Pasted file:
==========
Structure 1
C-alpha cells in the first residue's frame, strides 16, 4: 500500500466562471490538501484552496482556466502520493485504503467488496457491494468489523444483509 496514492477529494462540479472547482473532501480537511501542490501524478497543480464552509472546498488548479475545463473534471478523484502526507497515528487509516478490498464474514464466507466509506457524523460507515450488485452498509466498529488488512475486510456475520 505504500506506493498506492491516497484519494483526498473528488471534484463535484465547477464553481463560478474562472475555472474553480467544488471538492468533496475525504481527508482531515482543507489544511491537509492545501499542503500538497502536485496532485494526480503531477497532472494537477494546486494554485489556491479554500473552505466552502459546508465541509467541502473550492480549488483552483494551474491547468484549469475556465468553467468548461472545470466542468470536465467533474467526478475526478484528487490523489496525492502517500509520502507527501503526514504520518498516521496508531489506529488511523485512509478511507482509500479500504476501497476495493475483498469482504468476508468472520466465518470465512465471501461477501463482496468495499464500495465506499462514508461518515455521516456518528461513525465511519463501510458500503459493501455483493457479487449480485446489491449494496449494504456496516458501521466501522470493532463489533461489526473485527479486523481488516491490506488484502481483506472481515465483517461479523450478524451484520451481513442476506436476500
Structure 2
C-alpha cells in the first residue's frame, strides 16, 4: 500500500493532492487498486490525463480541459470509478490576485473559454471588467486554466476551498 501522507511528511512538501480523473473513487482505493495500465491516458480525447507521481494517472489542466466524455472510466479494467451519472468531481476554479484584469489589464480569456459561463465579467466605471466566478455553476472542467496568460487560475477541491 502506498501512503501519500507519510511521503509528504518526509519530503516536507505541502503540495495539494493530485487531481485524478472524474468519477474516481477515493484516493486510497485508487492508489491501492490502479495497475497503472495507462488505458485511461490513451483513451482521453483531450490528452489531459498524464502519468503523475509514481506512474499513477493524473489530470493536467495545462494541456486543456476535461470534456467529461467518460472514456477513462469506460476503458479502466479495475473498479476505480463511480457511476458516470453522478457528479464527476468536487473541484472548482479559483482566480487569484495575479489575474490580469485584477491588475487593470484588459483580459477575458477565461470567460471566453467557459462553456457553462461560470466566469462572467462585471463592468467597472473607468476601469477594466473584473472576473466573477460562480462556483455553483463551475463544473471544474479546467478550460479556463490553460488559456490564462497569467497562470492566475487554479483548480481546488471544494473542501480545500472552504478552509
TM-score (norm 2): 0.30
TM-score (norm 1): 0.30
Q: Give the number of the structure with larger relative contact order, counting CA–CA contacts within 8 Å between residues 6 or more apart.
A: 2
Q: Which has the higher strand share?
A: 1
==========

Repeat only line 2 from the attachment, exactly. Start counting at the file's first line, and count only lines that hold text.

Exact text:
C-alpha cells in the first residue's frame, strides 16, 4: 500500500466562471490538501484552496482556466502520493485504503467488496457491494468489523444483509 496514492477529494462540479472547482473532501480537511501542490501524478497543480464552509472546498488548479475545463473534471478523484502526507497515528487509516478490498464474514464466507466509506457524523460507515450488485452498509466498529488488512475486510456475520 505504500506506493498506492491516497484519494483526498473528488471534484463535484465547477464553481463560478474562472475555472474553480467544488471538492468533496475525504481527508482531515482543507489544511491537509492545501499542503500538497502536485496532485494526480503531477497532472494537477494546486494554485489556491479554500473552505466552502459546508465541509467541502473550492480549488483552483494551474491547468484549469475556465468553467468548461472545470466542468470536465467533474467526478475526478484528487490523489496525492502517500509520502507527501503526514504520518498516521496508531489506529488511523485512509478511507482509500479500504476501497476495493475483498469482504468476508468472520466465518470465512465471501461477501463482496468495499464500495465506499462514508461518515455521516456518528461513525465511519463501510458500503459493501455483493457479487449480485446489491449494496449494504456496516458501521466501522470493532463489533461489526473485527479486523481488516491490506488484502481483506472481515465483517461479523450478524451484520451481513442476506436476500